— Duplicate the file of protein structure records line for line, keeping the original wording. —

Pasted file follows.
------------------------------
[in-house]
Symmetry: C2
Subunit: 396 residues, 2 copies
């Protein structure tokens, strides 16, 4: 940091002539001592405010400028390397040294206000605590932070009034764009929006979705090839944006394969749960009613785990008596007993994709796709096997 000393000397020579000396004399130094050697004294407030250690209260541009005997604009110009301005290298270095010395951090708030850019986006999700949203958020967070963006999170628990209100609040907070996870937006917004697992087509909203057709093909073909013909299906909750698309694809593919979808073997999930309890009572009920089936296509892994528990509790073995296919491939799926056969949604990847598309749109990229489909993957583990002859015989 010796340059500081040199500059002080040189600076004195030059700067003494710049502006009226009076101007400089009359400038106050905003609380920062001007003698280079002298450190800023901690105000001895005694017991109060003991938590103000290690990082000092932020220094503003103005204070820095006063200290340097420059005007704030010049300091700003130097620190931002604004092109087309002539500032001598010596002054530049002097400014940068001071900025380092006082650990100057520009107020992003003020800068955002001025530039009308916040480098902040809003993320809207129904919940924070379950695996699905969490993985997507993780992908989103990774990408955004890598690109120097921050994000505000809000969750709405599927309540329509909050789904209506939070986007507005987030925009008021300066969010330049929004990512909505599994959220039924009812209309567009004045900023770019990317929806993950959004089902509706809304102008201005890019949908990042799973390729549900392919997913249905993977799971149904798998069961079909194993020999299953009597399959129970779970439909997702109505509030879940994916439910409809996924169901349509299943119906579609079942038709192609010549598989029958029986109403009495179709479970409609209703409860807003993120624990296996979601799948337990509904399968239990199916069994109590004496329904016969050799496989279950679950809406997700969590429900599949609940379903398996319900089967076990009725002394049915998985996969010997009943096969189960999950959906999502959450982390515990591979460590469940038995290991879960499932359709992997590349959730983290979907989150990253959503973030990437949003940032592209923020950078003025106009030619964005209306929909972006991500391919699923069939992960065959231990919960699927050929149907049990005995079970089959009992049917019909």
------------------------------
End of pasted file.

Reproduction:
[in-house]
Symmetry: C2
Subunit: 396 residues, 2 copies
């Protein structure tokens, strides 16, 4: 940091002539001592405010400028390397040294206000605590932070009034764009929006979705090839944006394969749960009613785990008596007993994709796709096997 000393000397020579000396004399130094050697004294407030250690209260541009005997604009110009301005290298270095010395951090708030850019986006999700949203958020967070963006999170628990209100609040907070996870937006917004697992087509909203057709093909073909013909299906909750698309694809593919979808073997999930309890009572009920089936296509892994528990509790073995296919491939799926056969949604990847598309749109990229489909993957583990002859015989 010796340059500081040199500059002080040189600076004195030059700067003494710049502006009226009076101007400089009359400038106050905003609380920062001007003698280079002298450190800023901690105000001895005694017991109060003991938590103000290690990082000092932020220094503003103005204070820095006063200290340097420059005007704030010049300091700003130097620190931002604004092109087309002539500032001598010596002054530049002097400014940068001071900025380092006082650990100057520009107020992003003020800068955002001025530039009308916040480098902040809003993320809207129904919940924070379950695996699905969490993985997507993780992908989103990774990408955004890598690109120097921050994000505000809000969750709405599927309540329509909050789904209506939070986007507005987030925009008021300066969010330049929004990512909505599994959220039924009812209309567009004045900023770019990317929806993950959004089902509706809304102008201005890019949908990042799973390729549900392919997913249905993977799971149904798998069961079909194993020999299953009597399959129970779970439909997702109505509030879940994916439910409809996924169901349509299943119906579609079942038709192609010549598989029958029986109403009495179709479970409609209703409860807003993120624990296996979601799948337990509904399968239990199916069994109590004496329904016969050799496989279950679950809406997700969590429900599949609940379903398996319900089967076990009725002394049915998985996969010997009943096969189960999950959906999502959450982390515990591979460590469940038995290991879960499932359709992997590349959730983290979907989150990253959503973030990437949003940032592209923020950078003025106009030619964005209306929909972006991500391919699923069939992960065959231990919960699927050929149907049990005995079970089959009992049917019909």